Swedish-inspired and left to ferment and bubble for 16 hours before baking, the fibre-rich sourdough and other natural ingredients for its 14 products have led to them being voted tops for taste numerous times since production began nine years ago. Over the time output by the north London-based producer has risen to 7,000 kilos a week, and forecast sales of over £5 million in 2019 to speciality stores, grocers, food service and export.
Among more than 2,000 customers are delicatessens, Michelin-star restaurants, Fortnum & Mason, Selfridges, Waitrose and Sainsbury’s as well as British Airways and Virgin passengers.
It also sells directly through its online store.
Embraced by foodie-loving Millennials – 50 per cent of consumers are aged 20 to 34 – Peter’s Yard set out to redefine crispbread as an authentic, delicious alternative to good artisan bread.
In the process it has shaken up a staid category more associated with punitive dieting than pleasure, explains co-founder and joint managing director Wendy Wilson Bett.
co-founder Ian Tencor
“Our range is two to three times more expensive than mainstream competitors for whom we are now a challenger brand. But we’re growing 12 times faster than the category, showing that people recognise value.
“We’ve chosen not to go down the white label route because our goal is building a brand with roots.
“Yet when we first bounced our idea off industry experts they said people would never pay a premium price, nor could we change perceptions about a product usually associated with slimming.
“Over the past few years however the desire generally has grown for good food to be delicious and nutritious. Snacking and sharing are far more popular too, all factors in favour of our crispbreads.”
Sourdough recipes hailed as the best match for cheese
“The taste of our sourdough crispbread is clean with a tang, the texture light, not floury or pasty, so the flavours of each variety of cheese are enhanced,”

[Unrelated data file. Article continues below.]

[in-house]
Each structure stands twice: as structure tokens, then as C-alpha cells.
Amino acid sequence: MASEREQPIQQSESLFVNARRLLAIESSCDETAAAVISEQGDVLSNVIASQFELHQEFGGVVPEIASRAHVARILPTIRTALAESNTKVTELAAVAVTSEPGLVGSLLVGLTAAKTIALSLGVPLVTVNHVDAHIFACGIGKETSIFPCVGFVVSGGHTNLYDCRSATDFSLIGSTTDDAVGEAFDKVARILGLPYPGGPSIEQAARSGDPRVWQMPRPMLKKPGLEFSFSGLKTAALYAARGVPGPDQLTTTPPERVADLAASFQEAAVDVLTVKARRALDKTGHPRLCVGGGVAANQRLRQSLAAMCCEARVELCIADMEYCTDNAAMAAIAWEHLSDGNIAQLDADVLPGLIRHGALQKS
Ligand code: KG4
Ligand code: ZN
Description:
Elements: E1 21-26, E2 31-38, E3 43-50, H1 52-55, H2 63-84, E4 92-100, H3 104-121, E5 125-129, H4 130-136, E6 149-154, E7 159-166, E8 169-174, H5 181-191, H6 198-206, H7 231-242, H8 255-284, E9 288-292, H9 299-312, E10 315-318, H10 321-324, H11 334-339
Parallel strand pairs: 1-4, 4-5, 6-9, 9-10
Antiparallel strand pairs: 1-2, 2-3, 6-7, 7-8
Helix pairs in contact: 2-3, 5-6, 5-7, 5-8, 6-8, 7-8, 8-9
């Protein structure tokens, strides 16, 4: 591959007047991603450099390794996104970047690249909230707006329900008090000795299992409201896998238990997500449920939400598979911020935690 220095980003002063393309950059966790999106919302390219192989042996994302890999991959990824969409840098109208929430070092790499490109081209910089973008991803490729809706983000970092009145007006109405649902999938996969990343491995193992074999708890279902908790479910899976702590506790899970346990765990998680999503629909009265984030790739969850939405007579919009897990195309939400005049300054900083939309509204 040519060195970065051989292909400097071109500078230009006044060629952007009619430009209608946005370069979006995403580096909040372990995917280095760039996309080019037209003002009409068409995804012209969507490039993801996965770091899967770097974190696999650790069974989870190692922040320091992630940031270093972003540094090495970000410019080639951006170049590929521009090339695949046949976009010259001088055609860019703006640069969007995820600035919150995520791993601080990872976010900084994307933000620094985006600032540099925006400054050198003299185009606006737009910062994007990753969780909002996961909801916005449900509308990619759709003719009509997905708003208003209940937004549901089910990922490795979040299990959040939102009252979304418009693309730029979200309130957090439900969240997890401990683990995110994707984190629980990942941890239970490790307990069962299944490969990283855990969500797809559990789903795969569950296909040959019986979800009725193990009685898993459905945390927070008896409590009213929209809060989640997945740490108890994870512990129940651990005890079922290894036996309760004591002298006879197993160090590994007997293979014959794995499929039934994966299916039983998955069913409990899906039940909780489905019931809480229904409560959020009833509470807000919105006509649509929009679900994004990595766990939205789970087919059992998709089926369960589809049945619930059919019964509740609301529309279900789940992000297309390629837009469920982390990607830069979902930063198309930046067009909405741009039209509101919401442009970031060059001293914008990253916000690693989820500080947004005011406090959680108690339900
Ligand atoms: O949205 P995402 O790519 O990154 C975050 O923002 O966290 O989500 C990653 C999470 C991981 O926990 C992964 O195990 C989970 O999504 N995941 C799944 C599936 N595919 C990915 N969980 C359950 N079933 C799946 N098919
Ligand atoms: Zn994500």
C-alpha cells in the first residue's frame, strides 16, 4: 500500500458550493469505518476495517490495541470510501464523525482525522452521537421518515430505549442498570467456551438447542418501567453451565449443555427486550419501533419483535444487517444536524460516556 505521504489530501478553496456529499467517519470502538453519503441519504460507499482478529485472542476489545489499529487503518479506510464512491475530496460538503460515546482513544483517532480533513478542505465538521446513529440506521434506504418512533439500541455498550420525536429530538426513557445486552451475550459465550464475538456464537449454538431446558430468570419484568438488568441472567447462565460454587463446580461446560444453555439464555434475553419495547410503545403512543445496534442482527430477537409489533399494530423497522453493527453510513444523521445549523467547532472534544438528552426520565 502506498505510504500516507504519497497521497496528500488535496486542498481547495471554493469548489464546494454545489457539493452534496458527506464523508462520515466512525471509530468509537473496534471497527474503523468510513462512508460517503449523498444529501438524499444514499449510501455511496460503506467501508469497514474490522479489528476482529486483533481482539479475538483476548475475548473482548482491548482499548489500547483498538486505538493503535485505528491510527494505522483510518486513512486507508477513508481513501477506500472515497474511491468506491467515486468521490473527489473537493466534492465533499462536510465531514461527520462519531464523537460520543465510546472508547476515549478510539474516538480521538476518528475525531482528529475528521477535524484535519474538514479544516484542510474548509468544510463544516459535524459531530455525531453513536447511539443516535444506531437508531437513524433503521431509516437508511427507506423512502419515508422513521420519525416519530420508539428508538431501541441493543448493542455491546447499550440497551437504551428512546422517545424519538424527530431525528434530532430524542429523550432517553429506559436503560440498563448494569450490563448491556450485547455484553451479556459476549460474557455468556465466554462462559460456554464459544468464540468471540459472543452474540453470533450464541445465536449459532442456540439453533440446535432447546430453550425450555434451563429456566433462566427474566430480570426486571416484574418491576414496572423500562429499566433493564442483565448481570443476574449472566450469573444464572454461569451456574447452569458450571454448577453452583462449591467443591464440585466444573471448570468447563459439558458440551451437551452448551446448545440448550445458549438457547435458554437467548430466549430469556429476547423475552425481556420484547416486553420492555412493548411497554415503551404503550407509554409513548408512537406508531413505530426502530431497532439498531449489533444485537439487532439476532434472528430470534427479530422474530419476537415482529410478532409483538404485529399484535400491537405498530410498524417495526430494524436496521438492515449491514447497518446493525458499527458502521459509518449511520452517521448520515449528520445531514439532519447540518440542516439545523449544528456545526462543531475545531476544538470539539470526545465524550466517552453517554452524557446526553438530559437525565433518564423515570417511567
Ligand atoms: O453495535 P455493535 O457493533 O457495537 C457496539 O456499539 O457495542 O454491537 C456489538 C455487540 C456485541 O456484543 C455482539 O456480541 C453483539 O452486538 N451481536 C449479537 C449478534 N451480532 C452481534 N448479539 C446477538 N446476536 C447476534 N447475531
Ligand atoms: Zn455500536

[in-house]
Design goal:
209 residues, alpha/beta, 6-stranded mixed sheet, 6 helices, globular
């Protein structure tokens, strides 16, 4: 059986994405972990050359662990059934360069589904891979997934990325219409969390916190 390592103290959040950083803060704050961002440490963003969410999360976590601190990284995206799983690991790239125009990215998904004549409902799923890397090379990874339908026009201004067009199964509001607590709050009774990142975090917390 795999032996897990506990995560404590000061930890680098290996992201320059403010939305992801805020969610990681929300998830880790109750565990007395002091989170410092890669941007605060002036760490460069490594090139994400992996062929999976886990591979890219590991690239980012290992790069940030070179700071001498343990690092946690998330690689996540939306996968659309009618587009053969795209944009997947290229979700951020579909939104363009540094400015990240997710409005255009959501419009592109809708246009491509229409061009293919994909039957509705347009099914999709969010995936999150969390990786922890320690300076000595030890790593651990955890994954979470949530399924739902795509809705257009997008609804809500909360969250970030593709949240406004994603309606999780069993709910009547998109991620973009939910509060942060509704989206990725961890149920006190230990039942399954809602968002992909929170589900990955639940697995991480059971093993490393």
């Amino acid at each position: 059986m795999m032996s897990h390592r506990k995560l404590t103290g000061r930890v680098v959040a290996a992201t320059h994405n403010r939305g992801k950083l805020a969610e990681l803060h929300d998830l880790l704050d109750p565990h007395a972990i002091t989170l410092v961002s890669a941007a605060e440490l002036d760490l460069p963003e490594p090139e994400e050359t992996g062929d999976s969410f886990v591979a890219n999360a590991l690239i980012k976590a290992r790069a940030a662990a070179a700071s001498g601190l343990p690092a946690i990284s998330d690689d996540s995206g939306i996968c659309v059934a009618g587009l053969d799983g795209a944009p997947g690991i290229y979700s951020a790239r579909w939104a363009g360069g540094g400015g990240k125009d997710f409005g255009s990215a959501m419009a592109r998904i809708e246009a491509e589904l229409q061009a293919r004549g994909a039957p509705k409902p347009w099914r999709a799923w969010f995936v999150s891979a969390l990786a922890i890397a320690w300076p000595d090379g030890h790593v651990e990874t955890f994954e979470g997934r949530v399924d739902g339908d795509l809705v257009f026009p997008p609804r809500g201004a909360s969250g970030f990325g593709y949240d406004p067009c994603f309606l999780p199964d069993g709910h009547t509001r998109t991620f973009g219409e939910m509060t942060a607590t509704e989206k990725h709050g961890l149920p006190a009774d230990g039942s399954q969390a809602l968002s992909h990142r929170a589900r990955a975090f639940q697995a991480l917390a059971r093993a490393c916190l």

And like its compatible sourdough, Peter’s Yard has been shaped by partnerships and strong fundamentals.
Wilson Bett and co-founder Ian Tencor decided to start their own business after they met while working for Cadbury Schweppes and reckoned their respective expertise, Wilson Bett in management and marketing and Tencor supply chain and finance, made a powerful combination.
Tencor, whose wife is Swedish, had lived in the country and long wondered why its baked products, including the iconic large sourdough discs that sustained rural folk over hard, snowy winters there, had not found a market in the UK.
That led to Tencor and Wilson Bett joining Swede Peter Ljungqvist who was running a bakery café in Edinburgh where authentic crispbread was going down a treat.
Peter’s Yard set out to redefine crispbread as an authentic, delicious alternative to artisan bread
Originally the Peter’s Yard team imported the product from its homeland, but as sales grew the decision was made to bake in the UK.
Conveniently another entrepreneur John Lister, founder of Shipton Mill, who had been supplying flour to the café also had a craft bakery in London.
He pitched in and this is where production continues to this day, with the four stakeholders still at the helm along with a core team of 12 handling operations plus the bakers.
Being listed by Waitrose was a turning point for the business.
“We recognised we had to balance this while still supporting our loyal customer base of farm shops and delis and managed it carefully,” says Wilson Bett.
Wendy Wilson Bett, co-founder and joint managing director
“With Waitrose came a marked change in brand awareness and enabling us to position ourselves nationally. Another step up came when we went into Sainsbury’s a year ago.”
In a further move last summer marking its higher profile the company also took part in the new Christmas in July Festival, a promotional event that provides businesses with a cost-effective way of showcasing their products and festive offerings.
But what is it about sourdough that pairs it so perfectly with cheese?
“The taste is clean with a tang, the texture light and not floury or pasty, so the flavours of each cheese are enhanced,” Wilson Bett explains.
“Time is our most precious ingredient, we nurture our sourdough like it’s part of our family.”
Profits have so far provided the majority of funding.
“We jumped in at the deep end, but are now at the next stage and we want to establish in the US,” she adds.
“To accelerate that growth and the opportunities, we’ll need specialist expertise and more backing.”